Prior to full-time pastoral ministry, I worked for several years in a Fortune 500 company. As in most companies, there were people who were highly respected experts. They were able to do their job well, advance and experience great professional success.
At the same time, many seemed to do it mostly alone. They really seemed like loners who had their way of doing things and they did it well. One thing I remember is that not only did people keep their own trade secrets close to the vest, they also frequently knocked the ladder out from others trying to climb up with them. I am not describing a unique professional environment here. Many companies and professionals thrive on this type of competition.
Pastoral Ministry Is Never a Competition
Interestingly, as I was coming up the ladder professionally, I was also considering whether or not full-time pastoral ministry was something that I should pursue. I would try to get time with church leaders to ask questions and get counsel. I found that my requests were largely ignored or worse—critically received. As I lived in the professional environment but was desirous of the ministry environment, I became frustrated (and embarrassed) that the church reflected an unhealthy and unbiblical business model.
Over the last decade or so, God has been very kind to lead me to multiple pastors who do not fit into this model. They don’t walk around with a saw in their satchel ready to cut out the rungs from your pastoral ministry development. Instead, they walk with you and help you get better.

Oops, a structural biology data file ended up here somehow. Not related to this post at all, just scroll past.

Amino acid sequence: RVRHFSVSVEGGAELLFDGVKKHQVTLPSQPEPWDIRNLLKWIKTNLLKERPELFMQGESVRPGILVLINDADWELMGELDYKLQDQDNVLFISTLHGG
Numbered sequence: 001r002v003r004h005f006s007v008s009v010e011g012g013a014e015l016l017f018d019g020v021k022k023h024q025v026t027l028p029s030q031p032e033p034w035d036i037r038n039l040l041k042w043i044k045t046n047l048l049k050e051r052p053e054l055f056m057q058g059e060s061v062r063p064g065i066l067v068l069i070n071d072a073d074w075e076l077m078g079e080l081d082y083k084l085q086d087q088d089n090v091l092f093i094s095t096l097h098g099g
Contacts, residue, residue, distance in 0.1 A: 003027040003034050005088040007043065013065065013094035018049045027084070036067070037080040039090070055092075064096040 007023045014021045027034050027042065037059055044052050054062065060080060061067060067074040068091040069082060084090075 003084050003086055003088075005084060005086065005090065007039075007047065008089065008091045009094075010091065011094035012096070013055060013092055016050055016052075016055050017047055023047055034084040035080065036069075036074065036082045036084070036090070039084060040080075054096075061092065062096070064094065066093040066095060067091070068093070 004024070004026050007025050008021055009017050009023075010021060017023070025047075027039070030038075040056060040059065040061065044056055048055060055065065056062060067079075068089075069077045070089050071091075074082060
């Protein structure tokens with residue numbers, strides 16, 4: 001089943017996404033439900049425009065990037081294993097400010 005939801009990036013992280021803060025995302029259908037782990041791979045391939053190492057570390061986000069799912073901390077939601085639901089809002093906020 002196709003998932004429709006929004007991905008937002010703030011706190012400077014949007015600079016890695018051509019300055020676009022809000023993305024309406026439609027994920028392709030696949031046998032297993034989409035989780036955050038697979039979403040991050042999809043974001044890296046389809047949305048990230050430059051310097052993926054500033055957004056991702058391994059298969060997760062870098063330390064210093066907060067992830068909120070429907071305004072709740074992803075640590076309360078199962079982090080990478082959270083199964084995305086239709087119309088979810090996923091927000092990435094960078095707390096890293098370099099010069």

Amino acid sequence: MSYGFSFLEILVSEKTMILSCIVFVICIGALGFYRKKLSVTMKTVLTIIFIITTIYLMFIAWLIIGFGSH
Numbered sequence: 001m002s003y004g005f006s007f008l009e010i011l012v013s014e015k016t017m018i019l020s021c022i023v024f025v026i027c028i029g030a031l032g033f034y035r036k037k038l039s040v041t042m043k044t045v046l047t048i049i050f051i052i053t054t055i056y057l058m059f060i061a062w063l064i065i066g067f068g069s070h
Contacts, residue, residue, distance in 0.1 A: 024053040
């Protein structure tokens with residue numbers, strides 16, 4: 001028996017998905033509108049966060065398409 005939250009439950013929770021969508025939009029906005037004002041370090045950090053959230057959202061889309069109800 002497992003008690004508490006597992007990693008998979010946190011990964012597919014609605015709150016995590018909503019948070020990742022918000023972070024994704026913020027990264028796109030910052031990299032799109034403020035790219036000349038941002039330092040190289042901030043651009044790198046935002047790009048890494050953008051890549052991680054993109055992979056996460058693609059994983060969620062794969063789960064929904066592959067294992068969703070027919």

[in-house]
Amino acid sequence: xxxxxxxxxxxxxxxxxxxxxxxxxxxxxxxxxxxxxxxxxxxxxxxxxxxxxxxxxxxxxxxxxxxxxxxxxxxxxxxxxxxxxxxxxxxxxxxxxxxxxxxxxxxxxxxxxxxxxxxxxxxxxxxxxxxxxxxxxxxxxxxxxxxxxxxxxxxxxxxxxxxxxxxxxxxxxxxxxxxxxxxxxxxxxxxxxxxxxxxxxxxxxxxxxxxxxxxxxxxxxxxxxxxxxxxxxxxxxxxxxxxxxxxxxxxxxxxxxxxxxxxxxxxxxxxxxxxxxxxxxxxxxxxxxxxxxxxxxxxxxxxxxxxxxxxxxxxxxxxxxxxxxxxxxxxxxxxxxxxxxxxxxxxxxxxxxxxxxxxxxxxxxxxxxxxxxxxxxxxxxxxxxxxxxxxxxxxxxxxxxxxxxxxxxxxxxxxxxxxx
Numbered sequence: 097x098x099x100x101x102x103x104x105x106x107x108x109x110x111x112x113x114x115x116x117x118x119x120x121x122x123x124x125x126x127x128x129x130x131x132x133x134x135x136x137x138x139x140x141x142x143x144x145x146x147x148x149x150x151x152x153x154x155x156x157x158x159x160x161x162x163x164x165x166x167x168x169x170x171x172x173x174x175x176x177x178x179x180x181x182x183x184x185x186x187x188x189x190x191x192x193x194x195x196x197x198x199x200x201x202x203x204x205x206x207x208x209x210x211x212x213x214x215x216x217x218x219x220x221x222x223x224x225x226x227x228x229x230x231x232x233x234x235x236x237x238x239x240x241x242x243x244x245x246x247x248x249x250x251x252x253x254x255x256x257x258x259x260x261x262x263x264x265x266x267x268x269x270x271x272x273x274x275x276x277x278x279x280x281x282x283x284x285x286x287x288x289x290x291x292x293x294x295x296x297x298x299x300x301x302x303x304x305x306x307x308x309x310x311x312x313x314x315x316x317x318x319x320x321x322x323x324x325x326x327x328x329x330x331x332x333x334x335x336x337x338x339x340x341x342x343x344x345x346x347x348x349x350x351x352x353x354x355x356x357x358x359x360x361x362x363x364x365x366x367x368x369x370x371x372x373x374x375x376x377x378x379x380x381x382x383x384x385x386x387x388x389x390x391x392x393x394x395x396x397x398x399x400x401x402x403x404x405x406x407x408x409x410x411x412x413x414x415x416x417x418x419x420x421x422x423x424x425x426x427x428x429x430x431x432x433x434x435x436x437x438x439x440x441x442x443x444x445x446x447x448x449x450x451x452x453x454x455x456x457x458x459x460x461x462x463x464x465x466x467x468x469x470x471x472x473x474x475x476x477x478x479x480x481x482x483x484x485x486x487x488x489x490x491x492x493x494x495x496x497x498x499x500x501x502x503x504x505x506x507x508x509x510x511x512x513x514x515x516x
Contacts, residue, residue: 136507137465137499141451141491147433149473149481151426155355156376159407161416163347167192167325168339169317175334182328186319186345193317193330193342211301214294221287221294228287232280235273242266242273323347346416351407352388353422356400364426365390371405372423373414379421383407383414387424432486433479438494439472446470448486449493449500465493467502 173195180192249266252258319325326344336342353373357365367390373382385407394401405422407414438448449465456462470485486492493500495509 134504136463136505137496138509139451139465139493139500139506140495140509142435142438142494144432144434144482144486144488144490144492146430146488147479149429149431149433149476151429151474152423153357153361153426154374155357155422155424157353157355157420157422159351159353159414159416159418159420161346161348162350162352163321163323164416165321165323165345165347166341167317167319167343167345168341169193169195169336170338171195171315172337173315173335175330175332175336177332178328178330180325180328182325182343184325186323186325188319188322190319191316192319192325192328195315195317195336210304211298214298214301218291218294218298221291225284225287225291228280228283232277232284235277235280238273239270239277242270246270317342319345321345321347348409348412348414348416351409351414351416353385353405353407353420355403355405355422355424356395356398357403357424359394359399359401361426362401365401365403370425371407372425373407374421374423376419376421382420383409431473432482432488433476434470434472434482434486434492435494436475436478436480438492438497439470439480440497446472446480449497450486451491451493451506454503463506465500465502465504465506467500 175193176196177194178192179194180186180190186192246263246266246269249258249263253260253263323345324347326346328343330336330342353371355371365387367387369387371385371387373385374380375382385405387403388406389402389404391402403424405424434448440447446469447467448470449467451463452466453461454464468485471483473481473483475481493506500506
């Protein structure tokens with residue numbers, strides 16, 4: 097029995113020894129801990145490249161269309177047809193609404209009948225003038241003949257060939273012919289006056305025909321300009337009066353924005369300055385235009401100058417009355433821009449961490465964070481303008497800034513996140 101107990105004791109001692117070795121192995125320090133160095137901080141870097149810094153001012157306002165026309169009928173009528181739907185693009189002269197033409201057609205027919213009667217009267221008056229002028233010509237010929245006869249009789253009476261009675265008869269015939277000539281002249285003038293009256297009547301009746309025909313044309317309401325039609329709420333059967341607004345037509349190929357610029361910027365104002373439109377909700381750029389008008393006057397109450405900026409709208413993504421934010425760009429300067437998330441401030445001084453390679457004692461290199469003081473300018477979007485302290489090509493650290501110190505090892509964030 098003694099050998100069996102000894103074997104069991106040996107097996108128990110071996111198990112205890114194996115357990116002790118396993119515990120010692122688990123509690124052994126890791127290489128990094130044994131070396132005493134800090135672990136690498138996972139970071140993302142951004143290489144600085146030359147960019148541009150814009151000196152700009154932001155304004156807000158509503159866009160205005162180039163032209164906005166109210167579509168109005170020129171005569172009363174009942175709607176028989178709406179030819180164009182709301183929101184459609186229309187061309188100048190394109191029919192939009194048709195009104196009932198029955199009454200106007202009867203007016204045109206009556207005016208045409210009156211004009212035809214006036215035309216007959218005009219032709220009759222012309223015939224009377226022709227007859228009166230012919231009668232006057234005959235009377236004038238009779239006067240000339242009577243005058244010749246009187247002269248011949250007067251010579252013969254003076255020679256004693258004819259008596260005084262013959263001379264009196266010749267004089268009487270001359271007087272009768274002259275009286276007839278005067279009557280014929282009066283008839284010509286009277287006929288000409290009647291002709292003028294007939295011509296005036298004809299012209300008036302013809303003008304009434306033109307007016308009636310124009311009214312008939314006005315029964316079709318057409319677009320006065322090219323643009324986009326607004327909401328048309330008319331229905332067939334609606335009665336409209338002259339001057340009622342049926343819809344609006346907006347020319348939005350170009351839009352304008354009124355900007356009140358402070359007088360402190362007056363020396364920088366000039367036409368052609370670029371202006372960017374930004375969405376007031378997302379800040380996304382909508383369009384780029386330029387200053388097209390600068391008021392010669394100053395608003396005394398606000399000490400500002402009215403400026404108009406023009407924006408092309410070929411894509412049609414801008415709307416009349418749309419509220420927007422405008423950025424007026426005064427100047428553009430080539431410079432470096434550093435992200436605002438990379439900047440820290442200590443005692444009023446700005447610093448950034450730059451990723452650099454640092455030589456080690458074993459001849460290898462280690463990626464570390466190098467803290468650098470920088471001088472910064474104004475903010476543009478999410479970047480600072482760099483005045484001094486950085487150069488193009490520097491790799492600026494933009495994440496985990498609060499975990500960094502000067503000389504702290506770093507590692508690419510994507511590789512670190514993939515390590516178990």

Two guys in particular bear mentioning about pastoral ministry.
The first was a senior pastor named Pat. As I came to his church, I was a probably more of a nightmare than a dream come true. Like a radiator in a dark room, I had a lot more heat than light (passion without solid content). In fact, at one point he wryly quipped, “You’re high maintenance.” But he wasn’t dissuaded. He gave me books, time, training and an opportunity. And more importantly, he gave me access to him so I could learn and grow.
The second guy was a church planter named Bob. He had just started his church and we were in the planning stages of planting Emmaus. Instead of seeing us in any way as a competitor (we are in the same city), he embraced me as a brother. He opened up his church’s playbook and gave me and my team complete access to everything they do. I met with their pastoral team on many occasions and peppered them all with questions.
What is so unique about both of these relationships is their desire to see me succeed. They both gave up what is most valuable (time, resources and so on) in order to serve me. Not only does this deviate from what you see in business, it is different from what you see in many churches.